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I am new to concepts like DAO, DAL and Domain Driven Design. In the end I want to decouple the persistence layer (mysql database) from my business objects and logic in a web application. I liked the DAO concept but I got stuck implementing it when I want to create a Business Object from database that has other entities associated with it (represented by foreign key in the db table).

  1. How are these references (aggregations) handled using DAO pattern? Every online DAO example is simple and shows creation of value-object-like Business Objects only (without referencing other entities or value objects). Is it done using Dependency Injection and if so, where is the dependency created?
  2. By further reading I guess that Repository pattern from DDD gives the possibility to maybe use DAOs behind the scenes and handle object aggregations. As I understand it, it only provides the so called root (Entity with all references loaded or lazy loaded) to the outer world, what seems a good approach to me. Is Repository recommended when using DAO or can DAOs themselves give this functionality by maintaining Persistence Ignorance to the Business Objects.

I am not using an ORM tool and don't want to as I like to explore these basic patterns directly

2

There are two concerns to deal with - which are orthogonal to each other:

1) The lower end of persistence

This is where you have to deal with Connections,Queries, Resultsets and the like. Typically you use the one or the other framework which gives you a facade-pattern at hand, which abstracts away the dirty stuff away so that you only tell, what you want to know(Resultset from Query) and where the framework could find it (Query and Connection). What you do with the resultset is up to you.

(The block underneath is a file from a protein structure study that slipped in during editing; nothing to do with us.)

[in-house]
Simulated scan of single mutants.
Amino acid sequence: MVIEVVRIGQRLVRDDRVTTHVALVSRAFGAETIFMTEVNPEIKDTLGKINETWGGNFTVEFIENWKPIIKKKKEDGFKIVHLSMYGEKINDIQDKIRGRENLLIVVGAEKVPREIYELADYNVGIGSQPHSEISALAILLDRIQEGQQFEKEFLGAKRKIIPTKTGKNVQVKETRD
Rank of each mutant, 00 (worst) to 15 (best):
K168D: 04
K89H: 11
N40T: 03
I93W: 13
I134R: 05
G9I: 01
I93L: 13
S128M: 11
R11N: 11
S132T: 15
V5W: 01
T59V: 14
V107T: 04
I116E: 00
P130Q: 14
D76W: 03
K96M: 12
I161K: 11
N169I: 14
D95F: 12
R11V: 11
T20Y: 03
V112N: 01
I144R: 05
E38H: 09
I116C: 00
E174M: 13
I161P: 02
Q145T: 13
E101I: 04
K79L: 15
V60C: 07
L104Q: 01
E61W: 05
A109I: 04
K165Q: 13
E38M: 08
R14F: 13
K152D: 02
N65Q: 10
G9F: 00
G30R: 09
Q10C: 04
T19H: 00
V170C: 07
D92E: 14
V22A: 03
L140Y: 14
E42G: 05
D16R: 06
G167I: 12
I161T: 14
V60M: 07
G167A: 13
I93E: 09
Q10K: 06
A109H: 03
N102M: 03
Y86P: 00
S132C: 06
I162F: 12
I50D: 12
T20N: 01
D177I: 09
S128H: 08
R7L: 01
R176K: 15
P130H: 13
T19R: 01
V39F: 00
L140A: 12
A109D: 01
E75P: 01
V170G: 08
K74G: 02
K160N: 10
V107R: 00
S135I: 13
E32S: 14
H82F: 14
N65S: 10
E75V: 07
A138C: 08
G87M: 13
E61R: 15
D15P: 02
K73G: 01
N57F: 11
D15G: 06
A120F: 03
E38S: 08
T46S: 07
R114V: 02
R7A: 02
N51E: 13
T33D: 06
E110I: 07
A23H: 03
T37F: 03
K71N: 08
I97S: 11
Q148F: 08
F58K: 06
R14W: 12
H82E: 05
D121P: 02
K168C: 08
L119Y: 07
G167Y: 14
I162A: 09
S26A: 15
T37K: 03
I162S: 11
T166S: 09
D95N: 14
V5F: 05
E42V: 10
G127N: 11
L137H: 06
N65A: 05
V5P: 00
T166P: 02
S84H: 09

When your paradigm is OOP, there is an additional step involved: assembling the resultset to objects. Either you do it manually or have an object-relational-mapper doing the job for you.

2) The abstraction within your application On top of this low level layer sits the abstraction with which your application deals. There is the DataAccessObject (DAO)-Layer or the Repository-Layer. Both generate Objects for your Application to work with.

Which one you are using has no effect on the answer of your question.

Your question is on the one hand on modeling (»How to handle relationships between objects« Answer: via Composition/Aggregation) and on how to fill the object (and its dependencies) with data.

Is it done using Dependency Injection and if so, where is the dependency created?

This is the way to go. There are two ways:

1) You make the DI explicit and define a constructor. When creating the Object, you are able to create all dependencies first and inject them via constructor or setter injection

2) You use a framework, which does the magic for you. Oftentimes reflection is involved, i.e. there are possibilities within some languages to examine and manipulate objects on the fly. The injection is done transparently for the user by the framework.

This is independend from the DAO/Repository-pattern.

I am not using an ORM tool and don't want to as I like to explore these basic patterns directly

That's a noble approach, but not in every case productive. Most of the time, you want to get stuff done. For educational purposes, you could go down that road. But I would not recommend it.

Look out for a flexible ORM-Framework, which gives you a helping hand when needed without forcing you in one way or the other. Not in every case is the ootB generated query effective. A good framework let's you use SQL when needed and takes only care of the assembling part.

1

This is where ORM (object-relational mapping) comes in handy. There are libraries for many programming languages, that provide this type of programming techniques. E.g. for Java there is Hibernate. Hibernate works with Java annotations. Here's a simple example for a many to one relationship from the official documentation:

@Entity
public class Flight implements Serializable {
    @ManyToOne(cascade={CascadeType.PERSIST, CascadeType.MERGE})
    @JoinColumn(name="COMP_ID")
    public Company getCompany() {
        return company;
    }
    ...
}

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